Uptown Oxford’s Farmers Market is full of more than just fresh produce and colorful flowers. Students and locals alike may at first come for the shopping, but it is hard to leave without collecting a story or two from jewelry artist John Darlin, who has had a life full of adventure.

“I just explore everything that comes along,” John, 82, said. “People ask me, ‘Well, what do you do?’ and I say, ‘I’m a student of life.’ And that’s been my philosophy. If it’s there, and you’ve got the time, do it. Just do it. I’ve had so much fun in life.”

It would be unfair to classify John Darlin as strictly a jeweler or businessman. John has acted as a lifeguard, photographer, toastmaster, teacher, owner of a boat marina, French interpreter, rescue diver, pilot, parachutist, restaurant owner and auctioneer, among other things. For the past 29 years, John has made jewelry out of gold and silver wire. His work is displayed at Gallery 708 in Cincinnati, and he sells his designs at various markets and festivals, as well as online.

Larry Slocum, the manager of the Oxford Farmer’s Market, remembers the moment that John first came to set up on a Saturday morning Uptown.

“He made an inquiry through an email, and wanted to know if he could attend the market and what were the rules and regulations,” Slocum said. “I sent him an application, and he came on a Saturday and he’s been there ever since. He enjoys the people.”

John has had great success as a jewelry artist. He was asked by the Governor of Kentucky to make a design for his special guests at the 131st Kentucky Derby. The governor’s wife was so impressed with the bracelets that the next year she asked John to make another bracelet design for her own guests. This bracelet is now John’s bestseller, and is called “The First Lady’s Choice.”

For John, his success comes from a lifetime of good work ethic and a desire to try new things.

“I’ve had 18 businesses in 70 years,” John said. “And I started out as a paperboy in Cleveland at age 10.”

John was born in inner-city Cleveland on the day of the leap year in 1936. He was the youngest of four boys. When he was 6 years old, in 1942, his mother passed away. A few years later his father remarried.

John’s childhood was a blur of moving from city to city. By the time he graduated high school, he had gone to 13 schools in 12 years. He ran away from home his senior year. After three weeks on the road, John was found and brought back home.

“Running away really put me behind in everything, my classes,” he said. “But there was a chemistry teacher, Mr. Keefer, and he was the only one out of all of my teachers that took me aside.”

With Mr. Keefer’s guidance, John caught up with his studies and graduated at 17 on a Friday. Two days later, he was on a train to a Navy base in Cambridge, Maryland.

John proved to be an an excellent sailor. He tested into an electronics school while in the Navy, and when he came back home in 1957 he started working at the International Development and Research Company in Columbus.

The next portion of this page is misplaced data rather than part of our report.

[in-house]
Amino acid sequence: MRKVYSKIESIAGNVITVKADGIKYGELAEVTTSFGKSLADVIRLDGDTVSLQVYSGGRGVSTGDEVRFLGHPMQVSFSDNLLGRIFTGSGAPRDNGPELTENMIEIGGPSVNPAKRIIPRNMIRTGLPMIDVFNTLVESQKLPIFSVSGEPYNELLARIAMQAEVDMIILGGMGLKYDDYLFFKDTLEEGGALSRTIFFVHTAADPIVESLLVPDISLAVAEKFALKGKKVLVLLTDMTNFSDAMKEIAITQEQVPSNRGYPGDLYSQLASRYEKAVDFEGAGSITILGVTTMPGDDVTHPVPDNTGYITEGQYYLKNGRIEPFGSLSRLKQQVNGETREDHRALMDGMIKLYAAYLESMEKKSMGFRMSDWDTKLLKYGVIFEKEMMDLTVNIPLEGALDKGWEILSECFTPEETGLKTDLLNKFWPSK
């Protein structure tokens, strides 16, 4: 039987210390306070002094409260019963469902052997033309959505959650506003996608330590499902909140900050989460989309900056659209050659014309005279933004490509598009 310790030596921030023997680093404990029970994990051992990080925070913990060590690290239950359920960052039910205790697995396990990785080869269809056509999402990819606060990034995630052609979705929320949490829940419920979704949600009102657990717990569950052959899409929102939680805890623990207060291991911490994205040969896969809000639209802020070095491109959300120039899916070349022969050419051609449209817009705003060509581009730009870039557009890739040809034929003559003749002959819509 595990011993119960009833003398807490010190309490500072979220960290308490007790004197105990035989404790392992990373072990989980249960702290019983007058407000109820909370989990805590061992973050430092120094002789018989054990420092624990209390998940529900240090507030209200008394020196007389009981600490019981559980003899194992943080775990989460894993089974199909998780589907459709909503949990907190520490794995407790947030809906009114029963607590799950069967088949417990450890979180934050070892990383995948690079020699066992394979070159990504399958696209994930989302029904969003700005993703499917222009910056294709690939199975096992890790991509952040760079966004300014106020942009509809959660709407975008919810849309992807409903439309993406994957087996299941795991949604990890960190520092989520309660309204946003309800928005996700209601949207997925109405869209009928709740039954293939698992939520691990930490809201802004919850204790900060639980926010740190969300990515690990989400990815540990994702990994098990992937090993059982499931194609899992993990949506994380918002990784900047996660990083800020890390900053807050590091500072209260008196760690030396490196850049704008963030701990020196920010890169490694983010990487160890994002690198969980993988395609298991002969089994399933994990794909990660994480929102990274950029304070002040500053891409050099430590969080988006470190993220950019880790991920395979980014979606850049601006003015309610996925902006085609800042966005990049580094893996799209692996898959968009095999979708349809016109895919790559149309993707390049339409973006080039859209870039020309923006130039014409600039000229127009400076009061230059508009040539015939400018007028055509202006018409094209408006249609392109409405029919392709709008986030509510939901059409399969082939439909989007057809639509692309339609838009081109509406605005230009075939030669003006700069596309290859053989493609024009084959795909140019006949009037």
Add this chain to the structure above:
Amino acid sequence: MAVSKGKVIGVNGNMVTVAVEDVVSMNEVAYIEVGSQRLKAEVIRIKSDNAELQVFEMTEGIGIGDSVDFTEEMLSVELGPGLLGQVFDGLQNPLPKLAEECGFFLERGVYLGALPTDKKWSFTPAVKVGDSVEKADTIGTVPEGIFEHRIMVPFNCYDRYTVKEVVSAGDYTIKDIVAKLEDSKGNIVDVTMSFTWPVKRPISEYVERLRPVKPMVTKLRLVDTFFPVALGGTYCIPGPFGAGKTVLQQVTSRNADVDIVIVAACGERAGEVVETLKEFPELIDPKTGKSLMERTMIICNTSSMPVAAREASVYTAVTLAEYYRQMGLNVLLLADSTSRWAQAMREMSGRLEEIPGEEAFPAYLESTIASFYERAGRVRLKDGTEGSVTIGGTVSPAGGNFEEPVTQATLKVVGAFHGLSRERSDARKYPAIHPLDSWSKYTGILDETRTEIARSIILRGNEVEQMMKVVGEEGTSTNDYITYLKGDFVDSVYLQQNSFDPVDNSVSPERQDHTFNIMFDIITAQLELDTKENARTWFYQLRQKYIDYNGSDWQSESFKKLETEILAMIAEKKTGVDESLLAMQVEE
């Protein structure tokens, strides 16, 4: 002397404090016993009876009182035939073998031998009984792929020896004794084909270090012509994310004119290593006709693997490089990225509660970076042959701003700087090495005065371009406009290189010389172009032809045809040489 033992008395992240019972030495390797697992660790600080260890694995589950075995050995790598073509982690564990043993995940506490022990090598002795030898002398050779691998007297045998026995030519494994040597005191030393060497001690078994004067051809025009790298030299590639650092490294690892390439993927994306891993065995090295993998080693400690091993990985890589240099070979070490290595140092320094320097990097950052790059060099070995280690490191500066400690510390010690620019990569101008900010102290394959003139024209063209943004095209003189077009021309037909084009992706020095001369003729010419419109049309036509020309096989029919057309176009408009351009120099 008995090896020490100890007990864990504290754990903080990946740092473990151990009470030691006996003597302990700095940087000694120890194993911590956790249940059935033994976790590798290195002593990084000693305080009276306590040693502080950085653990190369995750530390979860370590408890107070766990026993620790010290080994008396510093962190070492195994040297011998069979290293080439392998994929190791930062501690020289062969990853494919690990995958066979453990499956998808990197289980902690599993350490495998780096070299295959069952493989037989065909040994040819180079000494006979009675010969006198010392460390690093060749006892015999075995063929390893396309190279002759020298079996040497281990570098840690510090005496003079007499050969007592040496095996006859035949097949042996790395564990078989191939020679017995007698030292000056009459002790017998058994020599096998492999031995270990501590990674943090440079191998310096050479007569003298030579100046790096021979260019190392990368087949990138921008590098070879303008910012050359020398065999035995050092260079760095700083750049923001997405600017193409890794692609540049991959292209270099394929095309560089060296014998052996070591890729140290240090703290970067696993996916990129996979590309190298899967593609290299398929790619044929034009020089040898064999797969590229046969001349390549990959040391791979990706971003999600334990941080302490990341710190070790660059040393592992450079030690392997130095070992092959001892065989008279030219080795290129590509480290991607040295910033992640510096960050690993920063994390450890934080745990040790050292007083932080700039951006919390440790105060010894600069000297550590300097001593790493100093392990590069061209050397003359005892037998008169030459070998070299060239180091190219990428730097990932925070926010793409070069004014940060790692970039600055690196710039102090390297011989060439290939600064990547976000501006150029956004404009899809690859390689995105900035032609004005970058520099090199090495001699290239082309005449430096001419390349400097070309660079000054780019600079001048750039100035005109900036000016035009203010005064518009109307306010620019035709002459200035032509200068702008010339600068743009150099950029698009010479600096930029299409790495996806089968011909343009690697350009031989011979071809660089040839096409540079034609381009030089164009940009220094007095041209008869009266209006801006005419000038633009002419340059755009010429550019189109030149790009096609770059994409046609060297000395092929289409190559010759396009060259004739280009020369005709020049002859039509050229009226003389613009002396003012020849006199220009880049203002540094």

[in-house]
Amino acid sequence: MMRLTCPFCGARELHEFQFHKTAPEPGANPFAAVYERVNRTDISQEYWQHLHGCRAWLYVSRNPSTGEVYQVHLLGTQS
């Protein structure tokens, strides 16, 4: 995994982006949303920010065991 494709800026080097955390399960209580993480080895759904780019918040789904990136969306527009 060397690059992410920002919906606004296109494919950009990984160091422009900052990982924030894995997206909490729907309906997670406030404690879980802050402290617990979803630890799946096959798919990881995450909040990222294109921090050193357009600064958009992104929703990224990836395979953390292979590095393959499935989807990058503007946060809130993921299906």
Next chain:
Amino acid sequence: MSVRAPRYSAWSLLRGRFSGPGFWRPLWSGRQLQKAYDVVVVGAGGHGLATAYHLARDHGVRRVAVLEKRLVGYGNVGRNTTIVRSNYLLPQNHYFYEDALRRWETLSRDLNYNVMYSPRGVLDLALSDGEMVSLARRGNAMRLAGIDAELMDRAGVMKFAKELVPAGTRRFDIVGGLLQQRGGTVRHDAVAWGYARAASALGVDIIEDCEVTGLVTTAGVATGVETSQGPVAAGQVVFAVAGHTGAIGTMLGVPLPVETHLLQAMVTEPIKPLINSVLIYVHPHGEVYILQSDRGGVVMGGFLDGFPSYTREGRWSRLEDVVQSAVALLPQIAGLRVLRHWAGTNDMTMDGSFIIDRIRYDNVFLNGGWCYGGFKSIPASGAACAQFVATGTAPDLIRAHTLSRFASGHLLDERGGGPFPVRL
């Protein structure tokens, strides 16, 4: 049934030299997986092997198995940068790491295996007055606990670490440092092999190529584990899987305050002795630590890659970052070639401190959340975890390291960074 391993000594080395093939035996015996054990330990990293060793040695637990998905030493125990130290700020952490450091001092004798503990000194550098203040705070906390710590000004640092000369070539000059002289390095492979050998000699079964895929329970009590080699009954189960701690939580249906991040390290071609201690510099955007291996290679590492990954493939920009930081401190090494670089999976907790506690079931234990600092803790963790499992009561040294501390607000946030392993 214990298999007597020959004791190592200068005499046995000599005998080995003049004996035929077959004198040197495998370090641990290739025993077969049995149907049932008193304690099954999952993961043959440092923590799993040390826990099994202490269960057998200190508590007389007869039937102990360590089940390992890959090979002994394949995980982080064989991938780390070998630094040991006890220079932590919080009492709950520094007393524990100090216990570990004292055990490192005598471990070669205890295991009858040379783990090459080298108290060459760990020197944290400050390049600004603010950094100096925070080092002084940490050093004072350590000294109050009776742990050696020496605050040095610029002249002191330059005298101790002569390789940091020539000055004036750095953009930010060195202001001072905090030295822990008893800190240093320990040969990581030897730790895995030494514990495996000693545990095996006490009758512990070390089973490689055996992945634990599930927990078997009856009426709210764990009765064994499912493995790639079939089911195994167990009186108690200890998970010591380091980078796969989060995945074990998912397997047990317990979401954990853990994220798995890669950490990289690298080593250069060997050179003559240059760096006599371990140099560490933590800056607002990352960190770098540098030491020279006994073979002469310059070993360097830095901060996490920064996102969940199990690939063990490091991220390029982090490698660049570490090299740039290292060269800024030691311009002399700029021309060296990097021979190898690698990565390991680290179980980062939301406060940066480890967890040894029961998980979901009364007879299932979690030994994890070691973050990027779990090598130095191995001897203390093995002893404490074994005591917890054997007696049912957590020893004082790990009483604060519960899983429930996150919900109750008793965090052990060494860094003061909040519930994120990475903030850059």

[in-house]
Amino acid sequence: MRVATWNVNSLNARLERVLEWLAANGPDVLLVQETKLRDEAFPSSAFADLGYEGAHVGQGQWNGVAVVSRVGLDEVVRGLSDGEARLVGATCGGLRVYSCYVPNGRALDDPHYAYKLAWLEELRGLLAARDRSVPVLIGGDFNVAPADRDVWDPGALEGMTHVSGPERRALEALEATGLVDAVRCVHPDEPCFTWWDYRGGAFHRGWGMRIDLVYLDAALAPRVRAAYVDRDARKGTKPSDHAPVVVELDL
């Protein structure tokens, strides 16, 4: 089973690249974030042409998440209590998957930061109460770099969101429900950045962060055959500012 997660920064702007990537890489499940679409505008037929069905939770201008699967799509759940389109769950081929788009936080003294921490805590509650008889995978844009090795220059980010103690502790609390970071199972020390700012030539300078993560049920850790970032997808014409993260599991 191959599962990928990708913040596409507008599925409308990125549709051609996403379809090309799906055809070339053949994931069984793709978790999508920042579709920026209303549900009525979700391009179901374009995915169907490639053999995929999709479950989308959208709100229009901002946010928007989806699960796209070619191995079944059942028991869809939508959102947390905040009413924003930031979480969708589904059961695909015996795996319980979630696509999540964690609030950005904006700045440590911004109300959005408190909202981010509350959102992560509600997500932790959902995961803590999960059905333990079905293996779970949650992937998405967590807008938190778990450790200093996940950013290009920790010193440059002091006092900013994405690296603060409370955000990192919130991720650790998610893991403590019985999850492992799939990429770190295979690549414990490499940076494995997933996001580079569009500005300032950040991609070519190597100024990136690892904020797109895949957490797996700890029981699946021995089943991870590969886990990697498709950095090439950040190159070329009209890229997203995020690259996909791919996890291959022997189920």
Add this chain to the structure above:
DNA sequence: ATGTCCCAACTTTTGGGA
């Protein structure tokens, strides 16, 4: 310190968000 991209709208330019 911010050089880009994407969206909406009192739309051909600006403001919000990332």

“I found out I didn’t like electronics as much as I thought I did,” John said. “I had to work in a lab with a bunch of scientists. And they were boring as hell! I was adventurous.”

John found many ways to satisfy his thirst for adventure. For 30 years, John traveled the world snow skiing and meeting new people. He then decided to buy a boat and go sailing. This is when John’s wife, Val Darlin, came into the picture.

Val met John at the Wild Duck Cafe in Aurora, Indiana. Val was working at a children’s hospital.

“It was karaoke night, and my daughter wanted to go to karaoke,” Val said. “And my friends will never let me go out by myself again.”

After a few months of dating, John gave his wife-to-be an ultimatum: he told her that he was going to go on his boat down to the Gulf of Mexico, and that she was invited to go with him, but that she had to marry him first.

Val quit her job at the hospital and boarded ‘Hello Darlin’ for the adventure of a lifetime. They spent four years on a 60 foot boat together.

“Not much living space, but a heck of a backyard,” Val said.

Now, a typical day in the life of John Darlin starts with a 60-pound husky/schnauzer mix and a 25-pound miniature Doberman pincher jumping onto his bed to wake him up. This is usually at about 6:30 a.m., and then John shares coffee with his wife as they discuss what they would like to do with their day.

“Our day has no structure,” he said. “We take things as they come along.”

John has done about 600 shows to date, and this is his last year that he’ll be selling his jewelry before he decides to hang it up. Once Darlin does quit his jewelry business for good, the Oxford Farmers Market will not be the same.

“He loves to wander out from his booth and just engage with people,” Slocum said. “On the other side of him is the children’s area, and he’ll always come engage with the kids. I just enjoy that he loves to interact with people and is always there offering his sense of humor and help.”

With his 29 years in the business, John sold over 2.5 million dollars worth of jewelry, and made more than 30,000 bracelets.

“It’s not that I dislike it,” he said. “My hands dislike it. They’ve got a lot of arthritis in them.”

What John likes the most about having his own business is meeting and getting to know new people.

“I get a lot of joy out of just talking to people,” he said. “I took the Myers-Briggs, you know what that is? Well, it came through and it said, ‘You look at the world through rose-colored glasses.’ I think the world is a great place. And I think the people in it are great.”

mitche49@miamioh.edu

Comments